PMA A-NZ rises in reply to our Australia/New Zealand Country Council’s request for a stronger and more structured PMA presence in the region. Simply put, the affiliate helps the association better serve its Australia and New Zealand members through enhanced resources and a formal structure. As I told the audience in May at our Fresh Connections conference in Sydney, our partnership is evolving into this next phase because there is no greater common interest for our industry than strengthening the global fresh fruit and vegetable supply chain and building better connections internationally.
PMA A-NZ is independently incorporated in Australia, and will serve the entire supply chain, from seed to store to table. The affiliate will be run by an elected board of directors of industry leaders from Australia and New Zealand, offering programs and services targeted for PMA members in those two countries. Thanks to input on a needs-assessment survey given by our members there, the affiliate’s new board already has its main areas of focus, which include networking; global and domestic information and trends; and analysis and response to major issues pressing the industry such as scarce water resources, scarce talent, the impact of the global economic downturn and increasing supply chain costs. PMA truly is thinking globally and acting locally, whether in Australasia or in the United States, where our U.S. Fresh Connections events deliver the benefits of networking, information and business solutions close to home.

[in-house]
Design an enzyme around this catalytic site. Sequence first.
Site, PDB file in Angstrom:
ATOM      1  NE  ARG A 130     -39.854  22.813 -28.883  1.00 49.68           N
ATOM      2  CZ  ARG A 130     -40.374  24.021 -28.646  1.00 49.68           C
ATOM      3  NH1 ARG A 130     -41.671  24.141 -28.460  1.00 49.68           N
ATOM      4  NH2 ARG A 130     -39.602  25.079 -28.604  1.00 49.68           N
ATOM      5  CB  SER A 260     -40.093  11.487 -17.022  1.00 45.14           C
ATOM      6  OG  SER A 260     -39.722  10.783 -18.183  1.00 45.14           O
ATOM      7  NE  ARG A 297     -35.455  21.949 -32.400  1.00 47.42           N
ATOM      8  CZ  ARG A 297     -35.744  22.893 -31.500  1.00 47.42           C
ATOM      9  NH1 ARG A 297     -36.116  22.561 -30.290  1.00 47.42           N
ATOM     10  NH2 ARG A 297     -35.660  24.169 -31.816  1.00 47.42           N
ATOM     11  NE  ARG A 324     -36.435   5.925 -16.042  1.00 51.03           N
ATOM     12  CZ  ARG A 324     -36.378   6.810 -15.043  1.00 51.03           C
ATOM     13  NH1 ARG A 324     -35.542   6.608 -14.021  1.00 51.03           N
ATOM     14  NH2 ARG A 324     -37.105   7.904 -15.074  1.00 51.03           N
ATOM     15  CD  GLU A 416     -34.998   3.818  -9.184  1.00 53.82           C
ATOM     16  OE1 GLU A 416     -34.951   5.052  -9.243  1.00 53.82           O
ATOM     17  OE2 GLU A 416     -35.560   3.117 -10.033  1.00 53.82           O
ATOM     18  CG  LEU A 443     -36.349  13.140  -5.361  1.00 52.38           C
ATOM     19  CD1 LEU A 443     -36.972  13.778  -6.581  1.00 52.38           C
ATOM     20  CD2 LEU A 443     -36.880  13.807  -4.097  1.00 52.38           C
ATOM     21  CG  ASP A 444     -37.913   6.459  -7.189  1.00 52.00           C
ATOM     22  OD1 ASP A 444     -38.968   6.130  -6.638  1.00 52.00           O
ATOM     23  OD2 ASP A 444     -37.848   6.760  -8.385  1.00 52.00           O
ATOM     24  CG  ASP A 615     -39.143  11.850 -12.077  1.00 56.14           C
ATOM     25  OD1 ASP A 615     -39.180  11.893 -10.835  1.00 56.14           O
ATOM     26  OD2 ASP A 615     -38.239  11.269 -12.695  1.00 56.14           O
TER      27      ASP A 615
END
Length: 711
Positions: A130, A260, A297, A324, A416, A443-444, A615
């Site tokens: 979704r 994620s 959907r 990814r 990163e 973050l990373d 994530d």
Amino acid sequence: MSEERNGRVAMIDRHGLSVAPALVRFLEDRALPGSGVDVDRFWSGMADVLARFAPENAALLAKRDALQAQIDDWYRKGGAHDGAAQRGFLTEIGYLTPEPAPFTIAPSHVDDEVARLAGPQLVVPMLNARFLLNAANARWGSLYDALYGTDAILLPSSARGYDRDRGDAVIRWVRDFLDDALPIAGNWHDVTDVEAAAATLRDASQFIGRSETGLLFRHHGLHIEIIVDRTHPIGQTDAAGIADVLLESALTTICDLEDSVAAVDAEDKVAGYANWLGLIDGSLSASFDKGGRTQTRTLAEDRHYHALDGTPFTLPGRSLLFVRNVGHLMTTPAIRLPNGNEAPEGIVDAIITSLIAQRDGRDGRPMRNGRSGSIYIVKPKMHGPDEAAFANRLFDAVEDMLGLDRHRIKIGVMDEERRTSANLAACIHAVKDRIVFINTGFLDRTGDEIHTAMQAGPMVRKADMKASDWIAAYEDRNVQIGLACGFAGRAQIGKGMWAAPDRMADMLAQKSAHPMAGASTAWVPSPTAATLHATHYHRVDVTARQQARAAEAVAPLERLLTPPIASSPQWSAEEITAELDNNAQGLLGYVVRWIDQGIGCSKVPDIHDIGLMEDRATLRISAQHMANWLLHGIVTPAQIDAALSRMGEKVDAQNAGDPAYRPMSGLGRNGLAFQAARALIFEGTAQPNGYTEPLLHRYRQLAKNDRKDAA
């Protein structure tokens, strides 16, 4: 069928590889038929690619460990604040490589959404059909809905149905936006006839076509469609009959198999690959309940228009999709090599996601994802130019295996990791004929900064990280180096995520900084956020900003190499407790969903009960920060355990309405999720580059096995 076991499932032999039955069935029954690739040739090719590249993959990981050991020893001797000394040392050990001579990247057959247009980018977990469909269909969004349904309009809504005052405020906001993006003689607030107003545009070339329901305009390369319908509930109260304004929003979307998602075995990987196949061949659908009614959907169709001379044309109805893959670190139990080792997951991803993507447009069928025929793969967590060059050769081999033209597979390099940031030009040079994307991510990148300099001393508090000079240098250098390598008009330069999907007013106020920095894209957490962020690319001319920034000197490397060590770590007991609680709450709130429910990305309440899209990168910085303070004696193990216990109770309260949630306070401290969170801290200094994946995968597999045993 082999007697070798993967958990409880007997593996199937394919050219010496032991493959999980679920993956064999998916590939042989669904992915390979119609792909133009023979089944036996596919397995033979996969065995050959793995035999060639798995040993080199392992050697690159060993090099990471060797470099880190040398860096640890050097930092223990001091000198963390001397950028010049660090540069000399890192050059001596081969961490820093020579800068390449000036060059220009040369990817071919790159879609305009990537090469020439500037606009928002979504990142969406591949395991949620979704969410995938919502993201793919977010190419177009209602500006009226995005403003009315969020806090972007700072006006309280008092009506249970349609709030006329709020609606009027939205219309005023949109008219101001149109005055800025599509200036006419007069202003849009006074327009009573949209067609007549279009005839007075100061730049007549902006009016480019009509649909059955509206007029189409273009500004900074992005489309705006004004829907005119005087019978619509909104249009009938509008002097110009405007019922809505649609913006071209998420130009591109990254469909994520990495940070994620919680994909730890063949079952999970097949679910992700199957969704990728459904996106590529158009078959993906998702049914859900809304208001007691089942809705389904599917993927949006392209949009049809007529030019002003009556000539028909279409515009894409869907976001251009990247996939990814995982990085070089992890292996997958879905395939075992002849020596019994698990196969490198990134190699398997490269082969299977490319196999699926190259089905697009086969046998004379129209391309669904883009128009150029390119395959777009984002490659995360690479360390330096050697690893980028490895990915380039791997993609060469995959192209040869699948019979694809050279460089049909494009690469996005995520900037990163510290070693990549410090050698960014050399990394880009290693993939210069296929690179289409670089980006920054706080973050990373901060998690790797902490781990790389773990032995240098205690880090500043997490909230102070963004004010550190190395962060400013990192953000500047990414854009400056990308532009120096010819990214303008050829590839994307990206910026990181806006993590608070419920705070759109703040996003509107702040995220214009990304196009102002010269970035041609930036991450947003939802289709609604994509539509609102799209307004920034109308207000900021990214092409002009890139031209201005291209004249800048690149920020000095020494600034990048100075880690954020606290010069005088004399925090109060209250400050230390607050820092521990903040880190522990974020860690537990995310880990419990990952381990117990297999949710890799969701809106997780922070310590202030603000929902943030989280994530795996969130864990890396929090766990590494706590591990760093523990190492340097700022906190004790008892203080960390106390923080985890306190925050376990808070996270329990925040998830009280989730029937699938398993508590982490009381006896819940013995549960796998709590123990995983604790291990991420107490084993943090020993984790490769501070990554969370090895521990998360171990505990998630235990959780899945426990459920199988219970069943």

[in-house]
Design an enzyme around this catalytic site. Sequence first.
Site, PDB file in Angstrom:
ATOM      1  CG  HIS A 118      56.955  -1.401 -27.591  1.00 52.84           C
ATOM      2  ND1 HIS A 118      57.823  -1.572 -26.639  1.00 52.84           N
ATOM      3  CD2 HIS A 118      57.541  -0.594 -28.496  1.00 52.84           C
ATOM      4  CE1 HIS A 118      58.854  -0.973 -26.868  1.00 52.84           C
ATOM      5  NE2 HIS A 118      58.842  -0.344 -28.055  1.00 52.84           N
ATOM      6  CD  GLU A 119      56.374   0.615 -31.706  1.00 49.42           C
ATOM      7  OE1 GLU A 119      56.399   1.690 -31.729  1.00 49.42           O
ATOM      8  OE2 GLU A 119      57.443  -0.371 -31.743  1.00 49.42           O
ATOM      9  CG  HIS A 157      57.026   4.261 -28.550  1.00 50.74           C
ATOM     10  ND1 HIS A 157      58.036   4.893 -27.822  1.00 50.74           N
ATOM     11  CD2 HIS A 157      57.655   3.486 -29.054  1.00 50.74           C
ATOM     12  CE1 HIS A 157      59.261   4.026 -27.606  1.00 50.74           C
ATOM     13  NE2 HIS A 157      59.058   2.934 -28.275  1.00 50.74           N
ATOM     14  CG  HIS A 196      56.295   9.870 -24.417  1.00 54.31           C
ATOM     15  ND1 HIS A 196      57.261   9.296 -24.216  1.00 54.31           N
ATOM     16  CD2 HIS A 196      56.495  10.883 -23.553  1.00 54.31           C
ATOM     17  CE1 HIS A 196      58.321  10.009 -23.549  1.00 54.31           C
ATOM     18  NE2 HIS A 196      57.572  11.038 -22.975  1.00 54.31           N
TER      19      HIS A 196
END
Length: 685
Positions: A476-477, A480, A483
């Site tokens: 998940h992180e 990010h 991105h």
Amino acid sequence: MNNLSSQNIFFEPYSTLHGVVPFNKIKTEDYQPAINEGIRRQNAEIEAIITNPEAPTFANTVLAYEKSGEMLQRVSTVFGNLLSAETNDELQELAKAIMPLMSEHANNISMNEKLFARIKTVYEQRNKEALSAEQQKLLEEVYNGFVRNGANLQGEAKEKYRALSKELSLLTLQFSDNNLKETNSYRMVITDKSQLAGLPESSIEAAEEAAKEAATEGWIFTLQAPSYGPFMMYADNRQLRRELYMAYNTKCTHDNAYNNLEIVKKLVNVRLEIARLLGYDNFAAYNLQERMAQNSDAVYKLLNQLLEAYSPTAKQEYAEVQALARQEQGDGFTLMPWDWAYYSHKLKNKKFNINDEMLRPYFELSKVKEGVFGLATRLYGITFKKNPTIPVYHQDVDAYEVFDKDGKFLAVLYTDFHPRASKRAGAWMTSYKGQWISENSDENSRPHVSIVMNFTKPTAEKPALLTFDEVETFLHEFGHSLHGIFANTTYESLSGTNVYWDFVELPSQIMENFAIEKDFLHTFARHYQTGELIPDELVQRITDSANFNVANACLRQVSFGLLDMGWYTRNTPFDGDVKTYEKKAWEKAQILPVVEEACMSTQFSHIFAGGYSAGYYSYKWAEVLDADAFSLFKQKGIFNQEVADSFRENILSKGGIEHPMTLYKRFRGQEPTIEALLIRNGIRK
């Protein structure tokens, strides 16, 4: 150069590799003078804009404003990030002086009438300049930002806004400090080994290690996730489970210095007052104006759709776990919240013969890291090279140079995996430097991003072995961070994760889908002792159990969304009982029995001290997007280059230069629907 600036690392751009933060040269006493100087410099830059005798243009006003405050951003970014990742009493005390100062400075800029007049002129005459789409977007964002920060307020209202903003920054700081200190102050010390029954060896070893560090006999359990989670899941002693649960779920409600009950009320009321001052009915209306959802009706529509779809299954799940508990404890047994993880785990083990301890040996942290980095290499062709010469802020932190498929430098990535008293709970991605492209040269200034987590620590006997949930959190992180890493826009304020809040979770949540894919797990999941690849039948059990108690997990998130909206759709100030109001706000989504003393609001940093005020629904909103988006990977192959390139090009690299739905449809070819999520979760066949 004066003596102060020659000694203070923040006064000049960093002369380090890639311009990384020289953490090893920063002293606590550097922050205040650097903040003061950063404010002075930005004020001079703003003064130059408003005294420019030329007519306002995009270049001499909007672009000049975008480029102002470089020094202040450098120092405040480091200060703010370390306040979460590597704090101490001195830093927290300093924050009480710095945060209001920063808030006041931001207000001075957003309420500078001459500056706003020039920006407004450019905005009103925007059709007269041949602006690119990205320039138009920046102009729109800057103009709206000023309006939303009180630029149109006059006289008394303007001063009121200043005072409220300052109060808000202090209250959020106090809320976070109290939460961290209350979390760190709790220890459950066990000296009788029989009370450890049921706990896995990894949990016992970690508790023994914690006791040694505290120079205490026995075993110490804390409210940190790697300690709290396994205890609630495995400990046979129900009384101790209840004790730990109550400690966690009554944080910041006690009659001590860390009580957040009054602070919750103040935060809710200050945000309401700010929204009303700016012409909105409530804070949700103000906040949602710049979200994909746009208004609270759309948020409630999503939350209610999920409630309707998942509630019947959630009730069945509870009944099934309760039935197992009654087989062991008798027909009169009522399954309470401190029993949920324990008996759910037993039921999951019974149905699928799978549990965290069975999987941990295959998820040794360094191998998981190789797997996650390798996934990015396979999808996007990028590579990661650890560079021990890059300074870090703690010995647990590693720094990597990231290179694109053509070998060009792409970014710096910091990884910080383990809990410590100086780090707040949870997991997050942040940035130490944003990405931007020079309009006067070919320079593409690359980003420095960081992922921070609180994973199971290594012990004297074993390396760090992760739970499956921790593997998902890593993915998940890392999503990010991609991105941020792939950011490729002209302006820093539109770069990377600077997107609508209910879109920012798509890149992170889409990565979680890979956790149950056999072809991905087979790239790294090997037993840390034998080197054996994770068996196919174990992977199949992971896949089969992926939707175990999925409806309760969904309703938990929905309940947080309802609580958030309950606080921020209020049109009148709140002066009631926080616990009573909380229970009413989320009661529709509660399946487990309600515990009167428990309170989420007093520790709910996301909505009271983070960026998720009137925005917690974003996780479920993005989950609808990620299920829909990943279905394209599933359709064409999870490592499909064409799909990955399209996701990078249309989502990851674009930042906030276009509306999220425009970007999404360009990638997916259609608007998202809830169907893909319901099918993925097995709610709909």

Speaking of building better international connection, the Perishable Pundit deserves a bit of credit. It’s wonderful to find his words attracting an increasingly global readership. This expanded readership further connects the world’s fruit and vegetable supply-chain, circulates more ideas and best practices and helps strengthen our industry’s community. Let’s also not forget that Produce Business was launched at Fresh Summit more than two decades ago, and its growth has paralleled that of PMA’s flagship gathering.
Regardless of where on the globe you live and do business, you can count on Fresh Summit as your home for a 60-year tradition of business marketing, networking, learning and professional development. As we’ve experienced challenges through this tough economy, Fresh Summit is a place to which we draw closer in crises. It’s where ideas are discovered and developed, and it’s a place where we lay the foundation for a community — a community here at PMA’s Fresh Summit, and a community for our global businesses year-round. Welcome home to Fresh Summit, welcome home to all the support and opportunities this unique community offers during this week and throughout the year.